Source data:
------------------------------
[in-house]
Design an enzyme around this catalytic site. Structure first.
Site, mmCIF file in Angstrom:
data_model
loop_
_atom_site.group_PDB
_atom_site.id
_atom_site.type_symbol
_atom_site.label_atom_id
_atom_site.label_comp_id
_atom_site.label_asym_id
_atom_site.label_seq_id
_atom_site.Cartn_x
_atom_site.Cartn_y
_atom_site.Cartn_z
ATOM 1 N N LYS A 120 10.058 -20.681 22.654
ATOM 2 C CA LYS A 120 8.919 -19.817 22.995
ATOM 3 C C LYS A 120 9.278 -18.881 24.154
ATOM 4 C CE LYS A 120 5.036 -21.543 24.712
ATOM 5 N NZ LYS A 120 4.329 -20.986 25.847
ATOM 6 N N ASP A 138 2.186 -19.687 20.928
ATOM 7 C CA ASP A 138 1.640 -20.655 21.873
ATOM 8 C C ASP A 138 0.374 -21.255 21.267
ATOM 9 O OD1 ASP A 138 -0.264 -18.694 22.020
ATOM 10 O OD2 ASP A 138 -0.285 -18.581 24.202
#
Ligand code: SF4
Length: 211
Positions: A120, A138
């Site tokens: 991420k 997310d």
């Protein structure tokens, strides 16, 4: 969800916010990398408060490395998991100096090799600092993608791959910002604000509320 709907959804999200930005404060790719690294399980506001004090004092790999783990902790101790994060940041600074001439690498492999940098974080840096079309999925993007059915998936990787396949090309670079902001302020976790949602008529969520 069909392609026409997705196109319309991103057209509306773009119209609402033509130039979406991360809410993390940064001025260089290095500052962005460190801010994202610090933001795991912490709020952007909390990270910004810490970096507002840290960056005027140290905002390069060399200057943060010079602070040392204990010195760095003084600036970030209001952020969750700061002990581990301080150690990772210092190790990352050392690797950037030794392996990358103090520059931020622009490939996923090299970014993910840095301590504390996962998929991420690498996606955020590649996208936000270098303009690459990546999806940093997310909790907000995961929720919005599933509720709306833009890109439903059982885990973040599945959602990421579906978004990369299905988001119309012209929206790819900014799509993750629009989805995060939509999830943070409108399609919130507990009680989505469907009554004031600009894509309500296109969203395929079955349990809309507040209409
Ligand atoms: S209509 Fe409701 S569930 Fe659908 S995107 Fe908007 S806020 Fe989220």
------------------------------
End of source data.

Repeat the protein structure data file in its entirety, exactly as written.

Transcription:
[in-house]
Design an enzyme around this catalytic site. Structure first.
Site, mmCIF file in Angstrom:
data_model
loop_
_atom_site.group_PDB
_atom_site.id
_atom_site.type_symbol
_atom_site.label_atom_id
_atom_site.label_comp_id
_atom_site.label_asym_id
_atom_site.label_seq_id
_atom_site.Cartn_x
_atom_site.Cartn_y
_atom_site.Cartn_z
ATOM 1 N N LYS A 120 10.058 -20.681 22.654
ATOM 2 C CA LYS A 120 8.919 -19.817 22.995
ATOM 3 C C LYS A 120 9.278 -18.881 24.154
ATOM 4 C CE LYS A 120 5.036 -21.543 24.712
ATOM 5 N NZ LYS A 120 4.329 -20.986 25.847
ATOM 6 N N ASP A 138 2.186 -19.687 20.928
ATOM 7 C CA ASP A 138 1.640 -20.655 21.873
ATOM 8 C C ASP A 138 0.374 -21.255 21.267
ATOM 9 O OD1 ASP A 138 -0.264 -18.694 22.020
ATOM 10 O OD2 ASP A 138 -0.285 -18.581 24.202
#
Ligand code: SF4
Length: 211
Positions: A120, A138
């Site tokens: 991420k 997310d």
């Protein structure tokens, strides 16, 4: 969800916010990398408060490395998991100096090799600092993608791959910002604000509320 709907959804999200930005404060790719690294399980506001004090004092790999783990902790101790994060940041600074001439690498492999940098974080840096079309999925993007059915998936990787396949090309670079902001302020976790949602008529969520 069909392609026409997705196109319309991103057209509306773009119209609402033509130039979406991360809410993390940064001025260089290095500052962005460190801010994202610090933001795991912490709020952007909390990270910004810490970096507002840290960056005027140290905002390069060399200057943060010079602070040392204990010195760095003084600036970030209001952020969750700061002990581990301080150690990772210092190790990352050392690797950037030794392996990358103090520059931020622009490939996923090299970014993910840095301590504390996962998929991420690498996606955020590649996208936000270098303009690459990546999806940093997310909790907000995961929720919005599933509720709306833009890109439903059982885990973040599945959602990421579906978004990369299905988001119309012209929206790819900014799509993750629009989805995060939509999830943070409108399609919130507990009680989505469907009554004031600009894509309500296109969203395929079955349990809309507040209409
Ligand atoms: S209509 Fe409701 S569930 Fe659908 S995107 Fe908007 S806020 Fe989220």